As open enrollment for health insurance exchanges begins this weekend, physicians have adopted new policy aimed at addressing inadequate provider networks so patients have access to the care they need and the physicians they rely on.

The new AMA policy, which is part of a new report by the AMA Council on Medical Service, calls for health insurers to make changes to their provider networks before the open enrollment period gets underway each year. Implementing changes to provider networks at this time will help prevent patients from being stuck with plans that drop their physicians after they already have enrolled.

The policy also reiterates the need for health insurers to provide patients with an accurate, complete directory of participating physicians through multiple media outlets. These lists also should identify physicians who are not accepting new patients.

“Patients deserve to have an honest look at their coverage options—including the physicians, hospitals and medications they will have access to as well as cost-sharing—so that they can make an informed choice,” AMA President Robert M. Wah, MD, said.  

Inadequate networks could lead to interruptions in patient care, delayed care and undue harm, Dr. Wah said. “They can also prevent patients who are newly insured from being able to access the physicians that suit their needs in a timely manner.”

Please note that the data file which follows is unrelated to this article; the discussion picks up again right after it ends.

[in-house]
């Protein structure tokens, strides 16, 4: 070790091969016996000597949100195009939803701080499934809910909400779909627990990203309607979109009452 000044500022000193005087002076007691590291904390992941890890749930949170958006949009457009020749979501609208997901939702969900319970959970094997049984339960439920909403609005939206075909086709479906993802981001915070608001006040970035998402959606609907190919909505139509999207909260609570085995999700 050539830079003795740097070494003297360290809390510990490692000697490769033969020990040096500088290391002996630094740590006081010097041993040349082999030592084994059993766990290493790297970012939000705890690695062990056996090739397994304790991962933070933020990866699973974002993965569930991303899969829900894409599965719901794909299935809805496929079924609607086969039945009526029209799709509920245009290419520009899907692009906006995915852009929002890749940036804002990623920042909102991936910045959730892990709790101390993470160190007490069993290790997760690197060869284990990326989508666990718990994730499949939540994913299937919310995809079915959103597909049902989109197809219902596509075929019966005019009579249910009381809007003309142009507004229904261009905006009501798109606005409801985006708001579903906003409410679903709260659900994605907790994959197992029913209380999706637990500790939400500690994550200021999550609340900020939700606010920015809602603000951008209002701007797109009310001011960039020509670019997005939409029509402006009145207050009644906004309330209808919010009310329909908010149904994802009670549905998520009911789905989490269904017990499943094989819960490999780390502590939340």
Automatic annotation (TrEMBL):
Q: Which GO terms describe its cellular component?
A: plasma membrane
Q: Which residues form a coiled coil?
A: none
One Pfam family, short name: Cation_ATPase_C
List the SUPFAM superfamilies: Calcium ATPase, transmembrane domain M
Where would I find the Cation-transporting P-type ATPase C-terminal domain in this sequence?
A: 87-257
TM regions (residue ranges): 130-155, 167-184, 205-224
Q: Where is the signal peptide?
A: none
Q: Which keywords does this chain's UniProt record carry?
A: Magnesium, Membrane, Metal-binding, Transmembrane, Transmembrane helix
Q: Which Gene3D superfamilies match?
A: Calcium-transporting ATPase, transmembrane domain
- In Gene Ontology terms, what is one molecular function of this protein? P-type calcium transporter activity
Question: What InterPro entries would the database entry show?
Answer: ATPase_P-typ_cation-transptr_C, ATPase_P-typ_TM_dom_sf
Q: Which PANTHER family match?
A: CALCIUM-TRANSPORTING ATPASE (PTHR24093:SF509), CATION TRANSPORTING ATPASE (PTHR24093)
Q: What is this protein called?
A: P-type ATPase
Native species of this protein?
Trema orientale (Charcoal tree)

Other provisions of the new policy include:

  • Promoting state regulators as the primary enforcers of network adequacy requirements. These regulators can ensure compliance with state network adequacy laws and regulations that are intended to make sure patients have access to adequate provider networks throughout the plan year.
  • Calling for insurers to submit quarterly reports to state regulators. These reports should provide data on several measures of network adequacy, including the number and type of physicians who have joined or left the network, the provision of essential health benefits, and consumer complaints received.
  • Calling on insurers to treat patient visits to out-of-network physicians the same as in-network visits if the plan’s provider network is deemed inadequate.
  • Supporting regulation and legislation that require out-of-network expenses to count toward a patient’s annual deductibles and out-of-pocket maximums when a patient is enrolled in a plan with out-of-network benefits or is forced to go out of network as a result of network inadequacies.

“Patients who need to seek care out of network should not be punished financially,” Dr. Wah said. “If patients find themselves in networks that are deemed inadequate, there should be adequate financial protection in place to ensure they can access the care they need and deserve.”

The new policy is part of the AMA’s ongoing efforts to secure patient access to adequate networks of care. Nationally, the AMA has urged the Centers for Medicare & Medicaid Services to strengthen network adequacy requirements for health insurance plans being sold through the health insurance exchanges. The association also has advocated for transparency in Medicare Advantage plans to ensure patients are aware of any changes to physician networks before the open enrollment period.

On the state level, the AMA has created an Affordable Care Act state implementation toolkit that contains four model bills addressing tiered and narrow networks and access to accurate provider directories. The AMA also has worked with state medical associations to support state legislation requiring out-of-network transparency and to implement more stringent network adequacy standards than those outlined in federal requirements.

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